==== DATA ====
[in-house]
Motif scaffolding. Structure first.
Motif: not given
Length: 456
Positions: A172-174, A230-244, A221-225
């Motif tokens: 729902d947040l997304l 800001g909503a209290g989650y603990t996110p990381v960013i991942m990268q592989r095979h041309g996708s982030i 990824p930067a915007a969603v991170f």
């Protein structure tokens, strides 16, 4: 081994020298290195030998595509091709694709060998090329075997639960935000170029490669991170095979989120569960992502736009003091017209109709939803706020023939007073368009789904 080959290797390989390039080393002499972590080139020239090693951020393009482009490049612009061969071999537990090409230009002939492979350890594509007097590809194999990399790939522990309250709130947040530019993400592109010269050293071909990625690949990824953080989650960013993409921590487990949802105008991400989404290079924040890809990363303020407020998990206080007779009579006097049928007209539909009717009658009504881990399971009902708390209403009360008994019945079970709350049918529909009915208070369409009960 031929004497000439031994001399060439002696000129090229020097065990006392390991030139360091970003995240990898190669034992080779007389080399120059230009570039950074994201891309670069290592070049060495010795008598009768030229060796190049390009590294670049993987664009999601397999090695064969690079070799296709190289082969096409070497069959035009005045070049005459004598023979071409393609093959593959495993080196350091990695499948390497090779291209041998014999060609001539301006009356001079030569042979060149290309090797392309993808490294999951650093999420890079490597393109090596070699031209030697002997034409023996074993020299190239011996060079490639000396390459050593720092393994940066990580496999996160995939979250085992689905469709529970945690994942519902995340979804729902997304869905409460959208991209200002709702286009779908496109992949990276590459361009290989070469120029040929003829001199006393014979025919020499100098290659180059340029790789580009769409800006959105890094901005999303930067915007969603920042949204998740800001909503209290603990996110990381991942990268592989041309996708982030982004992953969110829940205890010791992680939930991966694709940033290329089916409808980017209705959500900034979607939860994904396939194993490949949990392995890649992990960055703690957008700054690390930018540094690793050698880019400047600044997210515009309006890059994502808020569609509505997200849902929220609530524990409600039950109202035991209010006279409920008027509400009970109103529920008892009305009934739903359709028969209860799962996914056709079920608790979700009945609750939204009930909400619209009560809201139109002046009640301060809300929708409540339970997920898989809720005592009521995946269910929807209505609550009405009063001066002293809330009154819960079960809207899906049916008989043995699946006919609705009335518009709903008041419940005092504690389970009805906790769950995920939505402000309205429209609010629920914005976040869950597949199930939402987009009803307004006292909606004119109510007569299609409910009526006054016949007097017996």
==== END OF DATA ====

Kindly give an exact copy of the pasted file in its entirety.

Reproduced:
[in-house]
Motif scaffolding. Structure first.
Motif: not given
Length: 456
Positions: A172-174, A230-244, A221-225
């Motif tokens: 729902d947040l997304l 800001g909503a209290g989650y603990t996110p990381v960013i991942m990268q592989r095979h041309g996708s982030i 990824p930067a915007a969603v991170f």
């Protein structure tokens, strides 16, 4: 081994020298290195030998595509091709694709060998090329075997639960935000170029490669991170095979989120569960992502736009003091017209109709939803706020023939007073368009789904 080959290797390989390039080393002499972590080139020239090693951020393009482009490049612009061969071999537990090409230009002939492979350890594509007097590809194999990399790939522990309250709130947040530019993400592109010269050293071909990625690949990824953080989650960013993409921590487990949802105008991400989404290079924040890809990363303020407020998990206080007779009579006097049928007209539909009717009658009504881990399971009902708390209403009360008994019945079970709350049918529909009915208070369409009960 031929004497000439031994001399060439002696000129090229020097065990006392390991030139360091970003995240990898190669034992080779007389080399120059230009570039950074994201891309670069290592070049060495010795008598009768030229060796190049390009590294670049993987664009999601397999090695064969690079070799296709190289082969096409070497069959035009005045070049005459004598023979071409393609093959593959495993080196350091990695499948390497090779291209041998014999060609001539301006009356001079030569042979060149290309090797392309993808490294999951650093999420890079490597393109090596070699031209030697002997034409023996074993020299190239011996060079490639000396390459050593720092393994940066990580496999996160995939979250085992689905469709529970945690994942519902995340979804729902997304869905409460959208991209200002709702286009779908496109992949990276590459361009290989070469120029040929003829001199006393014979025919020499100098290659180059340029790789580009769409800006959105890094901005999303930067915007969603920042949204998740800001909503209290603990996110990381991942990268592989041309996708982030982004992953969110829940205890010791992680939930991966694709940033290329089916409808980017209705959500900034979607939860994904396939194993490949949990392995890649992990960055703690957008700054690390930018540094690793050698880019400047600044997210515009309006890059994502808020569609509505997200849902929220609530524990409600039950109202035991209010006279409920008027509400009970109103529920008892009305009934739903359709028969209860799962996914056709079920608790979700009945609750939204009930909400619209009560809201139109002046009640301060809300929708409540339970997920898989809720005592009521995946269910929807209505609550009405009063001066002293809330009154819960079960809207899906049916008989043995699946006919609705009335518009709903008041419940005092504690389970009805906790769950995920939505402000309205429209609010629920914005976040869950597949199930939402987009009803307004006292909606004119109510007569299609409910009526006054016949007097017996």